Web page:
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Bertha HarianBertha Harian

News Reports

Unequal treatment

This is a rant. It’s personal, but I think every property owner should take note because it is about a little known piece of information regarding stamp duty.

I got the shock of my life when I was told this morning that I had to pay the additional buyer’s stamp duty (ABSD) of  7 per cent even though I am selling my current home and buying the next one to live in. Apparently, I have to sell first, be home ownerless, and then buy the second home to avoid the duty.

There is the option of selling later and getting the money refunded but, get this, this refund is only for married couples. And there I was thinking that the ABSD was to prevent too much speculative activity in the property market. Again, a policy objective with yet another head grafted on to it: The ABSD is not just to curb speculation but also to help married couples upgrade?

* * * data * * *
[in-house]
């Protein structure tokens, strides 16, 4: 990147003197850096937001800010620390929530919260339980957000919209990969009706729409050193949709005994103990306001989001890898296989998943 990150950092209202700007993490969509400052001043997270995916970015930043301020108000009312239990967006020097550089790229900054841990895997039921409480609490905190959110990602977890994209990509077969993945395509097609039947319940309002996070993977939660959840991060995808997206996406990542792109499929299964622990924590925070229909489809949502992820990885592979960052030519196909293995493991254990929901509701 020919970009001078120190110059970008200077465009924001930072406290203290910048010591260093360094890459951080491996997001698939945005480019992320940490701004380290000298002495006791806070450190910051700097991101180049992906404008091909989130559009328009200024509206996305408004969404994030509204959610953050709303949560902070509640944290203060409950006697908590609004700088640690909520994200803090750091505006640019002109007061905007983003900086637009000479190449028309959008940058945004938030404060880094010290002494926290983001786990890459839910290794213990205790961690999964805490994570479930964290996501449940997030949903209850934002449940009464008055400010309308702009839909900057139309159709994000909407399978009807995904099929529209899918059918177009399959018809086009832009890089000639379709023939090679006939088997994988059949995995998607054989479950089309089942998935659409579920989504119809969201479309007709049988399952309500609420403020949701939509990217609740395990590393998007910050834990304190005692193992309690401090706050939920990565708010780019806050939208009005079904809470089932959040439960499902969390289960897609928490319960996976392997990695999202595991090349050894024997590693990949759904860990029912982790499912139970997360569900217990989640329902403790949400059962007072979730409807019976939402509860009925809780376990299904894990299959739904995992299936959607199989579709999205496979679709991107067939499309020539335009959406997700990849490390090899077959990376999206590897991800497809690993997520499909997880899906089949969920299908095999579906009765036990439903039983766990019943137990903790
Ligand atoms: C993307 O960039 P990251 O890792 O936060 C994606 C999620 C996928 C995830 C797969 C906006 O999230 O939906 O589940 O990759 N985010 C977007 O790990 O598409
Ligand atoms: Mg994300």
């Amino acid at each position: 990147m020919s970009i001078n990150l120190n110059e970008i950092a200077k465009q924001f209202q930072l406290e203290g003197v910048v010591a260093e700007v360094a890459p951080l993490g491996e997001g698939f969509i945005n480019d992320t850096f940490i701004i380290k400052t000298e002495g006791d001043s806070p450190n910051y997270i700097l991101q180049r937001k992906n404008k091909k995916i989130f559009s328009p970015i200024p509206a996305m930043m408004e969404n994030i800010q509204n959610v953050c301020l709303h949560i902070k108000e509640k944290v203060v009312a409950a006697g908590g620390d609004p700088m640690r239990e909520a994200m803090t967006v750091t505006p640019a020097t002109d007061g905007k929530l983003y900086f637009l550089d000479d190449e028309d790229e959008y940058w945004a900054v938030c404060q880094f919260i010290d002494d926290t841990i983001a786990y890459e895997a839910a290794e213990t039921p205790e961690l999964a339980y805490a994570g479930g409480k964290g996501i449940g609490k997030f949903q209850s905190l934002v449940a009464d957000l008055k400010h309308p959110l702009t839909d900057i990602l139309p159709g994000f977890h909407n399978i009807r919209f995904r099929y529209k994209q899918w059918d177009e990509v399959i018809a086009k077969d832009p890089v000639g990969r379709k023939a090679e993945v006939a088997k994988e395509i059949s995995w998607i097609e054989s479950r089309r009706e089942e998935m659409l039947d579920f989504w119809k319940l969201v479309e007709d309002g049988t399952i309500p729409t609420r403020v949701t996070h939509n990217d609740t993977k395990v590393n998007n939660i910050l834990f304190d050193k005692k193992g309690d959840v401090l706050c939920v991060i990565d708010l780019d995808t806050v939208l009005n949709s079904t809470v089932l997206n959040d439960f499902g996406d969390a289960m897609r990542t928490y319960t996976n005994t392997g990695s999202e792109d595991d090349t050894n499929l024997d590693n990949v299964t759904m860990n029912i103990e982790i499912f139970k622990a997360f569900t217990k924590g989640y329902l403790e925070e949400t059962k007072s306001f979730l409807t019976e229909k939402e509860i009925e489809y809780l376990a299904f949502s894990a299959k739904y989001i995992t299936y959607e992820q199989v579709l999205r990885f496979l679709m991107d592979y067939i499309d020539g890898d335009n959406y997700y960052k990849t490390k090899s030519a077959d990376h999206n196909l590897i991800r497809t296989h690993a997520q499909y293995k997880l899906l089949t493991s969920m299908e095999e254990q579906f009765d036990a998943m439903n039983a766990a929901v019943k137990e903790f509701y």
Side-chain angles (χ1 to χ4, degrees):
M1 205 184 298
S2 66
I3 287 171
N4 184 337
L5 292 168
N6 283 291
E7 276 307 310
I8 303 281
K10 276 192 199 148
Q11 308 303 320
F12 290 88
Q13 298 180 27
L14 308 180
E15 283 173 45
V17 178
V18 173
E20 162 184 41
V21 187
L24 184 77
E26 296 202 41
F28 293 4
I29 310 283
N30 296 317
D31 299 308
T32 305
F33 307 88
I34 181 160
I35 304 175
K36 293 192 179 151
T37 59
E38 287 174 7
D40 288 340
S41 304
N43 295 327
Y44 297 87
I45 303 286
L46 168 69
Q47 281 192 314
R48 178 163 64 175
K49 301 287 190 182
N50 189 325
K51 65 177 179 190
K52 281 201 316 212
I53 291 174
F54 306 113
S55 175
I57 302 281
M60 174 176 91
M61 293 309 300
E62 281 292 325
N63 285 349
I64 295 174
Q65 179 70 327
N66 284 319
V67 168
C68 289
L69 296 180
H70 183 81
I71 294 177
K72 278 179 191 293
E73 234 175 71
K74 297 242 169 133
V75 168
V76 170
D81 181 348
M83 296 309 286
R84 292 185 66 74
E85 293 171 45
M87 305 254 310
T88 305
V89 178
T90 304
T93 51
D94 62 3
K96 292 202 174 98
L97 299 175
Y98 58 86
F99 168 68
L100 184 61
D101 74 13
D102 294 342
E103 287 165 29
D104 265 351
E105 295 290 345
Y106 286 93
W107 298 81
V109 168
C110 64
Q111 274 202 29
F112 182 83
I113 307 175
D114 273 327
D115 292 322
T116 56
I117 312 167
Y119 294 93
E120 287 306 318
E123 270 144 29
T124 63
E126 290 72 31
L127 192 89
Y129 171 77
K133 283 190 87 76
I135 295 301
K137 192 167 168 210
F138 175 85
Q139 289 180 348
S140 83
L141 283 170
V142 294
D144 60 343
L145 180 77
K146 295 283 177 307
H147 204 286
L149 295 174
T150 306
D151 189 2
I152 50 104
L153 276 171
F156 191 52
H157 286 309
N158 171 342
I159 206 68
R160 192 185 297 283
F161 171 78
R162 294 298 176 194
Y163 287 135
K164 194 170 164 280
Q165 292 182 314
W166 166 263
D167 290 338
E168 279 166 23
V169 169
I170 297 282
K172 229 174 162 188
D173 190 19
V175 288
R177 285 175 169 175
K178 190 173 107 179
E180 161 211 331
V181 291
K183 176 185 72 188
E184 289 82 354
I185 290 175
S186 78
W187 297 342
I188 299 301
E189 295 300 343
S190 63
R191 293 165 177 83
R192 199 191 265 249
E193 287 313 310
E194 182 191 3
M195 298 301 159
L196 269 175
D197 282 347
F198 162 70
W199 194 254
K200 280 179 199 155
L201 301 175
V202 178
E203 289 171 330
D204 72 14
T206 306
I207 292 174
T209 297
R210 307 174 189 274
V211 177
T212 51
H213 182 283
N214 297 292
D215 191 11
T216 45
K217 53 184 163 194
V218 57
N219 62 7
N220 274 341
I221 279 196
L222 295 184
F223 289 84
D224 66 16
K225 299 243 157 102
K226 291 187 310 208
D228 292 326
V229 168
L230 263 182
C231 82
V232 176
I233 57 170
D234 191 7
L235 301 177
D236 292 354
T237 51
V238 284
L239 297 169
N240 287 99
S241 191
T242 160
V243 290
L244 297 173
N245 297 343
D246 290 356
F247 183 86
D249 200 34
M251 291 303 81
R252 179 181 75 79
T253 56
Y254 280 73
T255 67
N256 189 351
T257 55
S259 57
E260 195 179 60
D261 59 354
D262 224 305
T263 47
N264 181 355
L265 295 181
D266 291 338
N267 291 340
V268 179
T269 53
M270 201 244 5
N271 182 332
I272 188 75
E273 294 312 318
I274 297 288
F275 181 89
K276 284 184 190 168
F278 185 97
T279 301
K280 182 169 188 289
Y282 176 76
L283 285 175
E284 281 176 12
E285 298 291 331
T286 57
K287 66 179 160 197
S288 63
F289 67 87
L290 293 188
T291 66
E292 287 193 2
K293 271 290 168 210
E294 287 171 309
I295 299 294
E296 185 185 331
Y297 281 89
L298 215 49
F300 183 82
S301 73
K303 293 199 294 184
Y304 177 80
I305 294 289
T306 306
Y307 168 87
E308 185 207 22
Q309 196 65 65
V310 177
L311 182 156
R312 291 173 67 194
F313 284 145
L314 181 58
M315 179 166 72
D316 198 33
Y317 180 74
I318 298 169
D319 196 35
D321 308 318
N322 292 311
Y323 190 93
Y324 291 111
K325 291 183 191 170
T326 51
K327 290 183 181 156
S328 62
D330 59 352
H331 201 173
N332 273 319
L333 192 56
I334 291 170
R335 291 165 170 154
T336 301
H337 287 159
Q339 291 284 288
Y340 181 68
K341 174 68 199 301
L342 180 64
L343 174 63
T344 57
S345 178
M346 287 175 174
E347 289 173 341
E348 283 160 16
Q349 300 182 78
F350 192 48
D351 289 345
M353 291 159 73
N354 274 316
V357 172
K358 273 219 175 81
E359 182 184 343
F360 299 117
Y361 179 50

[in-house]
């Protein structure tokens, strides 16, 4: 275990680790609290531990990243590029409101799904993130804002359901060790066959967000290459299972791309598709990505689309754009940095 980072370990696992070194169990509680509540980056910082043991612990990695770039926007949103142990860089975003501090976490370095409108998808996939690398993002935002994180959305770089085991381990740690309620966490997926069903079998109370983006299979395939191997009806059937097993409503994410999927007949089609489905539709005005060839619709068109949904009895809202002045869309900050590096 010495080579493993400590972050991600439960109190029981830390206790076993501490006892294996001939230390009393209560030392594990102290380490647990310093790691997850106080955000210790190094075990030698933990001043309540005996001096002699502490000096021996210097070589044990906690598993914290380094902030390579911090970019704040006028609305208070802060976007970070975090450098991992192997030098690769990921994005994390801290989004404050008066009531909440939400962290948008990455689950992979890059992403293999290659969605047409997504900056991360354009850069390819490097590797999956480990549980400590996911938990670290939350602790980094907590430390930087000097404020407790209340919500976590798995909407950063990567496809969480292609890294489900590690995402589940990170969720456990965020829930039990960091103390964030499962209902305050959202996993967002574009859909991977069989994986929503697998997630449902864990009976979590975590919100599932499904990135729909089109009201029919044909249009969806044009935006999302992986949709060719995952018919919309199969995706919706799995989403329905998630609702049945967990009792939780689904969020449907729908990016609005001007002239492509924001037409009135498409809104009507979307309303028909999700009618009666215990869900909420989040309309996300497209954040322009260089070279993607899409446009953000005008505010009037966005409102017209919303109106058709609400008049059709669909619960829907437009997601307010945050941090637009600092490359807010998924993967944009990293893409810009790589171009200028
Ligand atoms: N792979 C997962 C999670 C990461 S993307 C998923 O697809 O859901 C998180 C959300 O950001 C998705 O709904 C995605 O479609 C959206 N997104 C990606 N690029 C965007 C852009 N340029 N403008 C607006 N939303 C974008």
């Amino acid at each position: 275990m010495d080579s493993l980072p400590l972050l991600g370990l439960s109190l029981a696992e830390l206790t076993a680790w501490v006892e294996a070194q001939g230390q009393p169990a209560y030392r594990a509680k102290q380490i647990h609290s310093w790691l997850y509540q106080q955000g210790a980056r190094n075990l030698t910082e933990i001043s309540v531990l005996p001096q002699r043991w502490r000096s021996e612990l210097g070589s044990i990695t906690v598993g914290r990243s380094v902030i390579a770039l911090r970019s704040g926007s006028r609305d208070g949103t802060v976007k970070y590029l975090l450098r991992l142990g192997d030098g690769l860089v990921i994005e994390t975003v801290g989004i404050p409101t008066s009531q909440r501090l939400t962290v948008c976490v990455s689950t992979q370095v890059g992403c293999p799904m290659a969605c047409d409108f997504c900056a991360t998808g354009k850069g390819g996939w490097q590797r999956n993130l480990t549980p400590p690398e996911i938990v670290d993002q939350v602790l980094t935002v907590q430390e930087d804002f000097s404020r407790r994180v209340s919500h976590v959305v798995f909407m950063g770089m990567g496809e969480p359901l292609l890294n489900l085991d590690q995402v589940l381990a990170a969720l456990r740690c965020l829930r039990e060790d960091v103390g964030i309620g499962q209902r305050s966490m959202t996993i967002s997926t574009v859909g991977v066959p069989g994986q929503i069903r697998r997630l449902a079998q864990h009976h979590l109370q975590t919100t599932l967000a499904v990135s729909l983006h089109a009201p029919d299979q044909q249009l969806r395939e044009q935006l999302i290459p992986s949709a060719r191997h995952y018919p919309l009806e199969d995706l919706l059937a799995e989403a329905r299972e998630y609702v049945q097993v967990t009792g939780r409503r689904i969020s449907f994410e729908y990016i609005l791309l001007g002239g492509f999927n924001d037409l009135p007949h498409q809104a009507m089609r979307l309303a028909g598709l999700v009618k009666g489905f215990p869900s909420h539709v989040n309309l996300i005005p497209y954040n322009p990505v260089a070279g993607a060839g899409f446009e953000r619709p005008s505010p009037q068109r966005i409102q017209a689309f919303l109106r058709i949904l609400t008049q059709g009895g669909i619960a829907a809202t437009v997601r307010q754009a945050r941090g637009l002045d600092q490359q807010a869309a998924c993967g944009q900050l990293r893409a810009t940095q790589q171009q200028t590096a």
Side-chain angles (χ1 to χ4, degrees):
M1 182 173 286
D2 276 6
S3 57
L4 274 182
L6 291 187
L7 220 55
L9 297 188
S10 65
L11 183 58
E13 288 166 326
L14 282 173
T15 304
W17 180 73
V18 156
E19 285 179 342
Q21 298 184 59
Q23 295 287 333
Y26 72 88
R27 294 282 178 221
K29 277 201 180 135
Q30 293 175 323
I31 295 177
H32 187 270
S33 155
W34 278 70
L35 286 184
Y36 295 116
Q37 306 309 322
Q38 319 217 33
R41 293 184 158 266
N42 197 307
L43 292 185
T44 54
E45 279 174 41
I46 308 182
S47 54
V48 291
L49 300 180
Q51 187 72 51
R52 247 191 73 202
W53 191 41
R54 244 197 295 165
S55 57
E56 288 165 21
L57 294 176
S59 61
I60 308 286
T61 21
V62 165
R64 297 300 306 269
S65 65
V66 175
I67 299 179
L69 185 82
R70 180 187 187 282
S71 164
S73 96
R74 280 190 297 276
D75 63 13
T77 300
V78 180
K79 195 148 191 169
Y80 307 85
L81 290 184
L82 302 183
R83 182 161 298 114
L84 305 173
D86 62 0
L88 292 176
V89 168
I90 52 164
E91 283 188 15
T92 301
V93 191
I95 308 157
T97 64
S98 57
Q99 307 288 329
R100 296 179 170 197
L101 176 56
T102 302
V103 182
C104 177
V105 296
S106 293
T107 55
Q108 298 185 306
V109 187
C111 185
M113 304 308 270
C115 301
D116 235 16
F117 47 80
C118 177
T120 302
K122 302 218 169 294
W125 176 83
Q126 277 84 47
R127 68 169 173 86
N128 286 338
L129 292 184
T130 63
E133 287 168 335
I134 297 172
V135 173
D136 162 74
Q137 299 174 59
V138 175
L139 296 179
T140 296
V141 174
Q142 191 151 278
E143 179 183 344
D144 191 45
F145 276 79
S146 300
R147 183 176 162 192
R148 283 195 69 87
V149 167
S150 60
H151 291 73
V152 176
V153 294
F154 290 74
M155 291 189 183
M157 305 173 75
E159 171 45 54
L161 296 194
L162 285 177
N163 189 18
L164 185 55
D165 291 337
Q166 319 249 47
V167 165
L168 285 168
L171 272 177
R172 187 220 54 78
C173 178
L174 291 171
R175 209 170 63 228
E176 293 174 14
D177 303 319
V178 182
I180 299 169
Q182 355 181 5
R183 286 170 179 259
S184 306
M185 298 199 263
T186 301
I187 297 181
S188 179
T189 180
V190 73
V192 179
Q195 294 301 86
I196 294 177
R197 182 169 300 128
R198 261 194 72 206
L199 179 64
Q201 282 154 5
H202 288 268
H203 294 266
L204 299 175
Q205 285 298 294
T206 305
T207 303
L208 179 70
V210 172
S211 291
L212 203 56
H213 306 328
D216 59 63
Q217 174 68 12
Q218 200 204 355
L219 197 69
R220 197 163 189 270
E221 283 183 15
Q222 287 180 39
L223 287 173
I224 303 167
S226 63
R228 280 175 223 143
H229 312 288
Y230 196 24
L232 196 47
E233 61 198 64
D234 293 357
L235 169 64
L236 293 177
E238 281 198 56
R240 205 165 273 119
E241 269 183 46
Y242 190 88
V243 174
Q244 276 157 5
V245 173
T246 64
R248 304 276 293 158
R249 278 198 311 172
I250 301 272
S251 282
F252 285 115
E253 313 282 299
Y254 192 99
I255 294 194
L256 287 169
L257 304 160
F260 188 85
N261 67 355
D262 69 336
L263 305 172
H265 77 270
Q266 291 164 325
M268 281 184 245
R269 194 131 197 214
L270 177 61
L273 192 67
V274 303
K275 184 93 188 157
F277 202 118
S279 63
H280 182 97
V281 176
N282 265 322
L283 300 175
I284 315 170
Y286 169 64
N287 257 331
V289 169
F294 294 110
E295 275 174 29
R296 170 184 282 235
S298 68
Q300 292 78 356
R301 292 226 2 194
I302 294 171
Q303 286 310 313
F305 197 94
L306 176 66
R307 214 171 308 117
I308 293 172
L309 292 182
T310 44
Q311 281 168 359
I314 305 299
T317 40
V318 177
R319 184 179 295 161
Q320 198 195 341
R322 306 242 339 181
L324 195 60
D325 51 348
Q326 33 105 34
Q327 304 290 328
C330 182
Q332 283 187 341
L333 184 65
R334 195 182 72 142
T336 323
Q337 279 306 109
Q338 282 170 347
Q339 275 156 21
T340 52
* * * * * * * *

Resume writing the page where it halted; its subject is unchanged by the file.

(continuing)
I can understand if the G imposes all sorts of restrictions on subsidised housing, and uses public housing policy as a tool to achieve other national objectives, like giving couples priority in the HDB queue so that they can start a family. But to intervene in the private property market to achieve other ends beyond the stated objective of cooling the market is way too discriminatory. Why should I be penalised with a 7 per cent ABSD because I am single? Why should the refund only apply to married couples? After all, I am not indulging in speculative activity. The proof will come when the current home is sold within the six months time frame set for a refund.

What’s ironic is that this single won’t be living alone. My mother is moving in with me after selling her HDB flat. That, however, doesn’t matter according to the rules. If it’s joint ownership, both of us would have to sell first and buy later. I suppose I can move in with my mother for the time being as I get my house sold with the new place in my name. I suppose the G thinks it’s okay to inconvenience singles and better to placate married couples?  

How many singles and parent-child combinations are in this bind, I wonder. This is unequal treatment. It should be re-looked and revoked. Seven per cent ABSD is a lot of money – and I don’t know why I have to pay this. Singles are already discriminated against in the public housing market, although there has been some loosening. Now, will the G please leave those of us in the private housing market alone? 

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An ex-journalist who can't get enough of the news after being in the business for 26 years

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